Bargilli encountered the three periods of her sculptural practice without pomposity. Drawing has been her axis and guide. As I write, I observe Bargilli's portfolio of representative works.In this piece of writing I have no specific strategy; in this way I discern methods or intentions of the sculptor that I am also concerned with. This is why I was moved by her work: because many artists are pursuing a standpoint from the beginning of their creative process, which they follow until the end – as I understood,  Bargilli believes that such standpoint is created by the work itself and develops until the very end. See Miro, Malevich, Kandinsky… Van Gogh had said that painting is an invisible wall made from iron – we cannot surpass it – we have to encounter it with a rasp and a lot of work, with the ‘holy toil’ as architect Pikionis had mentioned.Braques spoke of the ‘labourer of the mind’.

 

Having this portfolio, I am evaluating as a peer, anticipating the moment when I will see the works themselves, as I saw the final stage of the work for the Park of the Presidential Palace in Nicosia in the studio of the sculptor. She arrived at this work in a natural and unconstrained manner. Then I thought: Students of Schools of Fine Arts and Architecture should go there to draw. The work in the Presidential has a strong drawing element.

 

Her works are of depth, not superficial. They have a Greek character close to Euripides, and at distance from expressionism. They are geometric works weighted with precision. I get the same satisfaction when seeing a bust with a load on the shoulder with intense plasticity in the face, the lips, the chest with the wonderful load.

 

Many drawings contain Greek hyper-realistic elements – in the Acropolis there is surrealism. In Chinese painting serials published in ‘Vima’ newspaper, painterHadjikyriakos-Ghikas mentioned that a dot of ink in Chinese painting is like a rock falling off a mountain.Bargilli’s black ink is colour with a cell-like texture as in Rembrandt’s drawings and not as in caricature works whose style is shallow and wire-like.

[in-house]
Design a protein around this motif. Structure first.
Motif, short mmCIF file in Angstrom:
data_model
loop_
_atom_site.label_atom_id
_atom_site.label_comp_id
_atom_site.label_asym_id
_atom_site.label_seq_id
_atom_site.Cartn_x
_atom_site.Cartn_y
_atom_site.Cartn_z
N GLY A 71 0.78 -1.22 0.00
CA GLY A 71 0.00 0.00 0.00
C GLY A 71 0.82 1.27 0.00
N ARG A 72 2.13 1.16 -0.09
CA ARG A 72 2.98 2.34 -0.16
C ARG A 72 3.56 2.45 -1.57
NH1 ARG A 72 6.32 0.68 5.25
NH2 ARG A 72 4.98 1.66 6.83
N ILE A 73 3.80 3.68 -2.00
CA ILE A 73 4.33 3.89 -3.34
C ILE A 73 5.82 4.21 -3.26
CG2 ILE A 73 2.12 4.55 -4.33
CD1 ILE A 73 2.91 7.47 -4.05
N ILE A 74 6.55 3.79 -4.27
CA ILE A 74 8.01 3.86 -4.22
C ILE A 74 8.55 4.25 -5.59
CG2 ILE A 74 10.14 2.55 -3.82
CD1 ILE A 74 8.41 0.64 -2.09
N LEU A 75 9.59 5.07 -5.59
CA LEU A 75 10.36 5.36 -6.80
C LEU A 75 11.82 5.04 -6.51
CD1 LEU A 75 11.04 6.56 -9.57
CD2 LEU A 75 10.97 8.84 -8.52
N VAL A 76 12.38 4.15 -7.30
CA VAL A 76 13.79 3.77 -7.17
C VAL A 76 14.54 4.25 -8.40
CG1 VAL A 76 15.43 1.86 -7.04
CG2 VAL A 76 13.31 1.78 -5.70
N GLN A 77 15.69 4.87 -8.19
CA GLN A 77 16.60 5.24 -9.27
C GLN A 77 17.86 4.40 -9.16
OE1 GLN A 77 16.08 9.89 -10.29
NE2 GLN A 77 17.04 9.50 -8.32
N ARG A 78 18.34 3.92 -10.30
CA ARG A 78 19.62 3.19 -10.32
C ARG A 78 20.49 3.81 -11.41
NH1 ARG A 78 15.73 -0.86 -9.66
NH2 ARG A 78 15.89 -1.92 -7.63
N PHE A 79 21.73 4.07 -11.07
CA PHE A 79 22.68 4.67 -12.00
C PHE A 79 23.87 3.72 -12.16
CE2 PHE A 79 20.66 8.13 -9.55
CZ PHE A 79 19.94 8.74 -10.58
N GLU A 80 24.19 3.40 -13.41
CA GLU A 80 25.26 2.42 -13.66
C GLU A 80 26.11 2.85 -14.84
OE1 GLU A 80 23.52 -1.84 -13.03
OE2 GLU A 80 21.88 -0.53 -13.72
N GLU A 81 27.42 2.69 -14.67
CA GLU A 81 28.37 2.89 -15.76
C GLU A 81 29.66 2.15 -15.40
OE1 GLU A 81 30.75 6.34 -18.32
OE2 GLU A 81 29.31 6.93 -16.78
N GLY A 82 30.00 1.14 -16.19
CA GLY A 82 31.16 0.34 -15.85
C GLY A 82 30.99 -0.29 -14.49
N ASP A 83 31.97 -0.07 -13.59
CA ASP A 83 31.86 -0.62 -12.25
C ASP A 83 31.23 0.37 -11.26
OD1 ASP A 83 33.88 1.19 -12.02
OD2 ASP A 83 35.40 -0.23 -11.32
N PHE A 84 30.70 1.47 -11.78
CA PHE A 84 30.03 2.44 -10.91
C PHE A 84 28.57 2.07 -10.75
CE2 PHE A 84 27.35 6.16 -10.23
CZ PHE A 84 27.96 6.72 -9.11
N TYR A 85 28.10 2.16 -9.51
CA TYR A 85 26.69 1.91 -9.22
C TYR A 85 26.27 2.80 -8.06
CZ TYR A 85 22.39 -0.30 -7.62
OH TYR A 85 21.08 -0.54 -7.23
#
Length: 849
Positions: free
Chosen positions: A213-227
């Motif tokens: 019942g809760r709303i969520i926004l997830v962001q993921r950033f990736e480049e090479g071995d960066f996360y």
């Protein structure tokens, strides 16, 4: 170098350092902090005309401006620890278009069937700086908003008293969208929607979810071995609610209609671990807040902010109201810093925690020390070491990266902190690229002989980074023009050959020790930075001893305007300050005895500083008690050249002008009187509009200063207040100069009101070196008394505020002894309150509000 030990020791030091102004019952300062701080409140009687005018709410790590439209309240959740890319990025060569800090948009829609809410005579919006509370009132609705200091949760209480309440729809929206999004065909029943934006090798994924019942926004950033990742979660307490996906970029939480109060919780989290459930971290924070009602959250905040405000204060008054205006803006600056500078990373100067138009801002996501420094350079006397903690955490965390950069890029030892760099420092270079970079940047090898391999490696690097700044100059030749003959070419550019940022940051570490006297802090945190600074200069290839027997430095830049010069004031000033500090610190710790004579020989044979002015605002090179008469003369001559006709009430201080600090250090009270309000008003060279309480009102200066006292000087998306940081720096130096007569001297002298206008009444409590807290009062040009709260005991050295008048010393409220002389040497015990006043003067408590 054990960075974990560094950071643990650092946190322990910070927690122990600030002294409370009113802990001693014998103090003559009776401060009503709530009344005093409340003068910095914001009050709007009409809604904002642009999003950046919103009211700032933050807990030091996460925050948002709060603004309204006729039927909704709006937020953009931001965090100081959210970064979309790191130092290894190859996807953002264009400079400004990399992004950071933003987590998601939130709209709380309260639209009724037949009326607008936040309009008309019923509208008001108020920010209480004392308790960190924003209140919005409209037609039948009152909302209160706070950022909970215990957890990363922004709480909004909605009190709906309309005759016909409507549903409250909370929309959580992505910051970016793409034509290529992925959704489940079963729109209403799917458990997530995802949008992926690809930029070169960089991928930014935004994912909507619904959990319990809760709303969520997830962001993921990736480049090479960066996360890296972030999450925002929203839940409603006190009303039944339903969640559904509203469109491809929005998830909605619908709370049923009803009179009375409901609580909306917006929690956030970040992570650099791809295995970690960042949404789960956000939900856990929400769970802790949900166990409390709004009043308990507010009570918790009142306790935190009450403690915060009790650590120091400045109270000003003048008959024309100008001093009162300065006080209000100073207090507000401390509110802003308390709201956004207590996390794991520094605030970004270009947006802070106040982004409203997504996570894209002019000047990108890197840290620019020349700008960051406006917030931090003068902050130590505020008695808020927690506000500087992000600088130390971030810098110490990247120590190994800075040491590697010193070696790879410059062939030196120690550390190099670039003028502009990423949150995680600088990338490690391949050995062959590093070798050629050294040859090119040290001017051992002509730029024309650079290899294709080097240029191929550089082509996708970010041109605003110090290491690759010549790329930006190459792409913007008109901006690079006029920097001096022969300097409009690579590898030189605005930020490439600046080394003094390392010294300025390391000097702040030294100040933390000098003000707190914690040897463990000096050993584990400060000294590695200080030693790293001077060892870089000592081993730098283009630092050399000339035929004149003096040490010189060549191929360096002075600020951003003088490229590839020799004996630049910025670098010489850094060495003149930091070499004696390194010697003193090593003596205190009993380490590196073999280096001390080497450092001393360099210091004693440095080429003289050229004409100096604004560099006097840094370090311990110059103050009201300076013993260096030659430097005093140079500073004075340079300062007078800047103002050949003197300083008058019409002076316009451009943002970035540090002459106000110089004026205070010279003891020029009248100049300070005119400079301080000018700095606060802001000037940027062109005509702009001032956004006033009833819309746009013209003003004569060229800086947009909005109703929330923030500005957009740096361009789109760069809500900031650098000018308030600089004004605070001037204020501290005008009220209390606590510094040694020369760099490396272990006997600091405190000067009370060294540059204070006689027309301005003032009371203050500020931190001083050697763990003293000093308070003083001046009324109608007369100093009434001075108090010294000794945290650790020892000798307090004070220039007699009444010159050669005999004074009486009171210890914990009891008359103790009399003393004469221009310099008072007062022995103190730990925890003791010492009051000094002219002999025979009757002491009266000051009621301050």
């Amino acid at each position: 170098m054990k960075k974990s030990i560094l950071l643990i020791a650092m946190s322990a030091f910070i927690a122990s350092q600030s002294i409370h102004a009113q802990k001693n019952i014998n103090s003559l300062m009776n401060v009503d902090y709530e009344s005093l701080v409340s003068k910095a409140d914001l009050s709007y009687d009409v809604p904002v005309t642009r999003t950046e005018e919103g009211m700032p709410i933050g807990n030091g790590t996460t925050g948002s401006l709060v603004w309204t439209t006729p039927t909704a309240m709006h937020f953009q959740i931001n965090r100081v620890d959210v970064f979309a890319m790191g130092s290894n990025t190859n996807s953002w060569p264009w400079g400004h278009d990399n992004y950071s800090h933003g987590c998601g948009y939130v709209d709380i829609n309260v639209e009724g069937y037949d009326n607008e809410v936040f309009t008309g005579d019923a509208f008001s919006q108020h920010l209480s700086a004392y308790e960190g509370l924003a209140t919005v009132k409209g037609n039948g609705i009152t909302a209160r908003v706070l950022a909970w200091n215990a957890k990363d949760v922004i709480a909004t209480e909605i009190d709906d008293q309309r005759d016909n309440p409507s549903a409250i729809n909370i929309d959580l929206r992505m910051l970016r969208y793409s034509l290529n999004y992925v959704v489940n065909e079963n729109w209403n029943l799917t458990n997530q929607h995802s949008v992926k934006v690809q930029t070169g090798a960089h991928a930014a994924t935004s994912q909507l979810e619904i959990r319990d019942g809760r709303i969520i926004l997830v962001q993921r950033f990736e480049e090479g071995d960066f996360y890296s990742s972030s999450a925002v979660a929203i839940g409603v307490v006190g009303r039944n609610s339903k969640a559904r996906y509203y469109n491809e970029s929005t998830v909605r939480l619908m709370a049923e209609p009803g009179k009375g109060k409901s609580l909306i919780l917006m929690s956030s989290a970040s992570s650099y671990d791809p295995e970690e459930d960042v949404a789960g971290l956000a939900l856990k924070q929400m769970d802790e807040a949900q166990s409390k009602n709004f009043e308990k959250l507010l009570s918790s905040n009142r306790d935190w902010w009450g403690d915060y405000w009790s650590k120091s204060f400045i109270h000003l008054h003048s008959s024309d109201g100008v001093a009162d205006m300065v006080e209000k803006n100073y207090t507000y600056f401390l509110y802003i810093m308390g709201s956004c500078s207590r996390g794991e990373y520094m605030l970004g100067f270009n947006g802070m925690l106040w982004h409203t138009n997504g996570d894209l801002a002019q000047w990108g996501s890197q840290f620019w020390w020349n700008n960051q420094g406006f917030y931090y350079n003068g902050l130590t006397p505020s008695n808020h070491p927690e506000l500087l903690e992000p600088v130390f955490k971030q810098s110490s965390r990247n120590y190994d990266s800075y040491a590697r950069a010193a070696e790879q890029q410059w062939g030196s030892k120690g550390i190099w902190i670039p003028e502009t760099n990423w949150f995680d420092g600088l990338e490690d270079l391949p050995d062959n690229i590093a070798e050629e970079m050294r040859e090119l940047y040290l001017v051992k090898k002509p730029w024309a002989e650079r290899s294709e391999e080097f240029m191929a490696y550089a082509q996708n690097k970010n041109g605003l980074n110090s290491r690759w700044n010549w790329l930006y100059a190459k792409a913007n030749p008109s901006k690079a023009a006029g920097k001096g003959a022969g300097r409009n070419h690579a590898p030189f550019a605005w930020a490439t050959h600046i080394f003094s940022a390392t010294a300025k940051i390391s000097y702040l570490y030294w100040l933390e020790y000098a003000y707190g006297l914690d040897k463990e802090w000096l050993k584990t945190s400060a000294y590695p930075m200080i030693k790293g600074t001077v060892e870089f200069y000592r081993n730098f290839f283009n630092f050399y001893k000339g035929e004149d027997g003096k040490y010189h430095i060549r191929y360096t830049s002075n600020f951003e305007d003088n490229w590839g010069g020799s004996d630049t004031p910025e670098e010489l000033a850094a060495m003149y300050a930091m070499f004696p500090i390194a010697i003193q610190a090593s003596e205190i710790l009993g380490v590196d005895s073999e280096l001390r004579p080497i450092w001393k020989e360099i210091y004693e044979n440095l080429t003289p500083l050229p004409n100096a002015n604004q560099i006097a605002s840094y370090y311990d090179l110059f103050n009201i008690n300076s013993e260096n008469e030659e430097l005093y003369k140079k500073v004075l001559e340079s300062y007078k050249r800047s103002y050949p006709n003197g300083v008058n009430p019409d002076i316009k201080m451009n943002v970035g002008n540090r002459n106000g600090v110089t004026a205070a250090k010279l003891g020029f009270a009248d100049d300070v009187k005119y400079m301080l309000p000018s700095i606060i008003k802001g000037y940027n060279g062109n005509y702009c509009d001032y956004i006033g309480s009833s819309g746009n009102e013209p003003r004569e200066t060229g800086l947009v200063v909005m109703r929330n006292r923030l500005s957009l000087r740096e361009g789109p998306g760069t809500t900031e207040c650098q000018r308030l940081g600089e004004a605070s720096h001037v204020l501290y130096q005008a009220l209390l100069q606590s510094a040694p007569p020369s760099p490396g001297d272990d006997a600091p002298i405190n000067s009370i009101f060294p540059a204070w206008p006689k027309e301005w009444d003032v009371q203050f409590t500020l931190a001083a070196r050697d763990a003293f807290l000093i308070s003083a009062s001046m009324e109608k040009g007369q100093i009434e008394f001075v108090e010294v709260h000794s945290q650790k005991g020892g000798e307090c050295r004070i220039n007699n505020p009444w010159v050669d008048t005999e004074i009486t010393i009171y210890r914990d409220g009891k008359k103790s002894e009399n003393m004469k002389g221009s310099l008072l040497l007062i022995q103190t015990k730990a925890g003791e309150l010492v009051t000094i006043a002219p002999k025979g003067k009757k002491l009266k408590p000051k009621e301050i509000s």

As it is written in the portfolio, the new works are concerned with a contemporary investigation, a search for a new objective to be pursued even further. Many Greek-Cypriot figures, poetic and stochastic, like the body of the sculptor, express the agony to find new solutions, even more beautiful and responsible, like soldiers who undertake dangerous missions. The way of life of MaroBargilli is passed over to her daughter as to her works and acts as a parallel armour in culture.

 

In compositions of interior spaces, a sphere the size of a ball appears as an element of balance in the composition. Also, in these compositions, images of human heads that have drawing at their core, equate figurative and abstract art.

 

At the close of the portfolio, another series of drawings represents the sculptor in her entirety. Drawings with colour, poetic works, and many of high importance. The drawing depicting   a fading red colour is a work complete in form and content, both aspects proving the artistic maturity of the sculptor. Bargilli is a creator, I am using this expression here, who is ready to overcome obstacles and produce even better works, beautiful works in her maturity.

 

George Milios

Painter-Printmaker

Emeritus Professor, Athens School of Fine Arts

Ο εικαστικός λόγος της Μάρως Μπαρτζίλη δομείται μέσα από γεωμετρικές σχηματοποιήσεις, προσφέροντας στο θεατή τη δυνατότητα  να βλέπει το εικαστικό αντικείμενο μέσα από διάφορες οπτικές γωνίες.  Φως και σκιά, κίνηση και ακινησία, θεατό και αθέατο, συμπλέκονται και συναιρούνται σε μια αδιάσπαστη ενότητα.

 

 Η αίσθηση της θέασης ενός γλυπτού σκόπιμα νιώθεις ότι δεν είναι ποτέ ολοκληρωμένη για να μπορείς να πραγματοποιήσεις το δικό σου νοερό ταξίδι στο χώρο και στο χρόνο.